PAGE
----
Waid Observatory

Object: Messier 80 - (NGC 6093)

Date: 6/10/2021  -  Location: Davis Mountains west of Fort Davis, TX  -  Telescope: ATRC10
Camera: Apogee F8300M  -  Exposure: L = 65 min.    R G & B = 50 min. each   (Bin 1x1)

Click on the image below to view at higher resolution.



M80 (Globular Cluster in Scorpius) 1

Discovered by Charles Messier in 1781

Located approximately 28,000 light years from the Earth in the constellation Scorpius, M80 contains several 100,000s of stars and is one of the densest globulars in our galaxy.  The cluster contains a large number of so-called "Blue Stragglers" in its core, about twice as many as any other globular investigated with the Hubble Space Telescope.  These stars are massive bright blue stars. These stars appear near the main-sequence of the Hertzsprung-Russell diagram, and thus appear younger than the globular cluster's age.  The reason for the high percentage of these stars is very probably that they lost their cooler envelopes in close encounters with other stars.  The large number of these stars indicates an exceptionally high stellar collision rate in the core of M80.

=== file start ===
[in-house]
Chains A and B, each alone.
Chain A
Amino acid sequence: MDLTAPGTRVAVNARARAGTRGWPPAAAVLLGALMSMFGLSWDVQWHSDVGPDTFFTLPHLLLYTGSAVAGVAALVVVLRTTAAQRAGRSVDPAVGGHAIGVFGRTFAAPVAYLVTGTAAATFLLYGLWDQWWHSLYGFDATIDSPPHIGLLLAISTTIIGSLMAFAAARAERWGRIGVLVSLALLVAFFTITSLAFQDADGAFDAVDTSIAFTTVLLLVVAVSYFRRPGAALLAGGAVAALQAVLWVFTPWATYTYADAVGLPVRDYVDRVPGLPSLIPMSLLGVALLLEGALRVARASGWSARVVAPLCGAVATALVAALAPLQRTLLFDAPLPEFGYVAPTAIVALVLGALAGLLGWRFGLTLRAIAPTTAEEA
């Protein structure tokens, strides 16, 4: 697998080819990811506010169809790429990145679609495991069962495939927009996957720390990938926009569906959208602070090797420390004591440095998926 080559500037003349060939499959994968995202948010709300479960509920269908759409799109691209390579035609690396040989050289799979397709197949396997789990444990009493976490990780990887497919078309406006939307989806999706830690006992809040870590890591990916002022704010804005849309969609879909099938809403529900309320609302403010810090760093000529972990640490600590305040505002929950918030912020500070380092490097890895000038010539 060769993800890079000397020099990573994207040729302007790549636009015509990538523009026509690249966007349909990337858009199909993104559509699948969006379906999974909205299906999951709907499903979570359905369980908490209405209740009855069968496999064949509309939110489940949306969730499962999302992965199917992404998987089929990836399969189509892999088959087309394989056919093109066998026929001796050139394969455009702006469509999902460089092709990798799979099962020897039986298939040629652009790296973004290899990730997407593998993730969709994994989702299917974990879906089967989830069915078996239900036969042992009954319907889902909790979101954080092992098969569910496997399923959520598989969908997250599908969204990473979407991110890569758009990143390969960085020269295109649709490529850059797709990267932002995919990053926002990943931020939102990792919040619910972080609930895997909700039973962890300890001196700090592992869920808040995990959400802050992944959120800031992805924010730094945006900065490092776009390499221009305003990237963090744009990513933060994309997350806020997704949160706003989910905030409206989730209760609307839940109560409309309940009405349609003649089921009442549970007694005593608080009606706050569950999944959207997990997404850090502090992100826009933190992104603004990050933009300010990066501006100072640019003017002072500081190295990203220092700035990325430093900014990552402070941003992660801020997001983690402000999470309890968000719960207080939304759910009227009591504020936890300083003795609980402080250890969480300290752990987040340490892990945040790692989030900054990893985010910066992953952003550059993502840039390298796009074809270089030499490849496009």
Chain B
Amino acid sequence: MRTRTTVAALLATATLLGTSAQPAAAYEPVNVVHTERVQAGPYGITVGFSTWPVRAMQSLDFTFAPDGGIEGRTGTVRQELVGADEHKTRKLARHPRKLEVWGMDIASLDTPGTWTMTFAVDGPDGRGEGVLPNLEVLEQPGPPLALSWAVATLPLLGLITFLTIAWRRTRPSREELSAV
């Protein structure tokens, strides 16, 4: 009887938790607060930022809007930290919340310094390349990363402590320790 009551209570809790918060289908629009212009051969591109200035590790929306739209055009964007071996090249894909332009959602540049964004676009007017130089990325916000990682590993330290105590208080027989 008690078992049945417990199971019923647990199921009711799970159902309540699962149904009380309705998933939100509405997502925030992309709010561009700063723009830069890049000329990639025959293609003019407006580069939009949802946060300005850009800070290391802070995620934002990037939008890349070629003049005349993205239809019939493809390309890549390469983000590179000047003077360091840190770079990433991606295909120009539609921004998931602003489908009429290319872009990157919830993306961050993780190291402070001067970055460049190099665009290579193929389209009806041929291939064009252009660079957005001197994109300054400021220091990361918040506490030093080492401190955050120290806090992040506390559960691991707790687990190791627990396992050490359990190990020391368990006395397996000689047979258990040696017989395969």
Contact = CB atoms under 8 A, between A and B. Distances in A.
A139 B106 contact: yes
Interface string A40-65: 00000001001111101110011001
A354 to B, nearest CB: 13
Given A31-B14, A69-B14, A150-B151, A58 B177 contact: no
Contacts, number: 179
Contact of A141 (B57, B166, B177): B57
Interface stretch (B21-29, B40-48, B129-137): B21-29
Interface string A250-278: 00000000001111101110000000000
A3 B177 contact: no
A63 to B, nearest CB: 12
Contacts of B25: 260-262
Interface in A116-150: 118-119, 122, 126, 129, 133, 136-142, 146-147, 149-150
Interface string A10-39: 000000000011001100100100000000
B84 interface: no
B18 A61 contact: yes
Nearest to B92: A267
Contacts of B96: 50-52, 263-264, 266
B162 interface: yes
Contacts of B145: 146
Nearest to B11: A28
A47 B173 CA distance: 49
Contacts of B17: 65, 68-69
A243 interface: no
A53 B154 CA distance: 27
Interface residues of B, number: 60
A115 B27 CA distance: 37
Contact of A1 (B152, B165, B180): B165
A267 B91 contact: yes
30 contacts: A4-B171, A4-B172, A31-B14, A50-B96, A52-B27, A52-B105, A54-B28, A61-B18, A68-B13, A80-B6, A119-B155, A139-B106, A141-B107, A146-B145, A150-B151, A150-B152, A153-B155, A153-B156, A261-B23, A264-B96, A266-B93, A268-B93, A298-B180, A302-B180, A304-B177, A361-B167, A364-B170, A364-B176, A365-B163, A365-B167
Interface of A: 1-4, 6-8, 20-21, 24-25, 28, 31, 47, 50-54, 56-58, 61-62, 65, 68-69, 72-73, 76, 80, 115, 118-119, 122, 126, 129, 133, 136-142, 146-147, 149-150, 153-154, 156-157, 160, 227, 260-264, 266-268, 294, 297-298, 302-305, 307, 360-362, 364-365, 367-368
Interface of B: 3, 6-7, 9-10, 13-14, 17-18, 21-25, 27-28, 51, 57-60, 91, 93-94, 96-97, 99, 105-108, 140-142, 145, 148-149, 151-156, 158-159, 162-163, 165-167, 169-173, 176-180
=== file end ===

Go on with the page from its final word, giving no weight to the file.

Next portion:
Copyright Donald P. Waid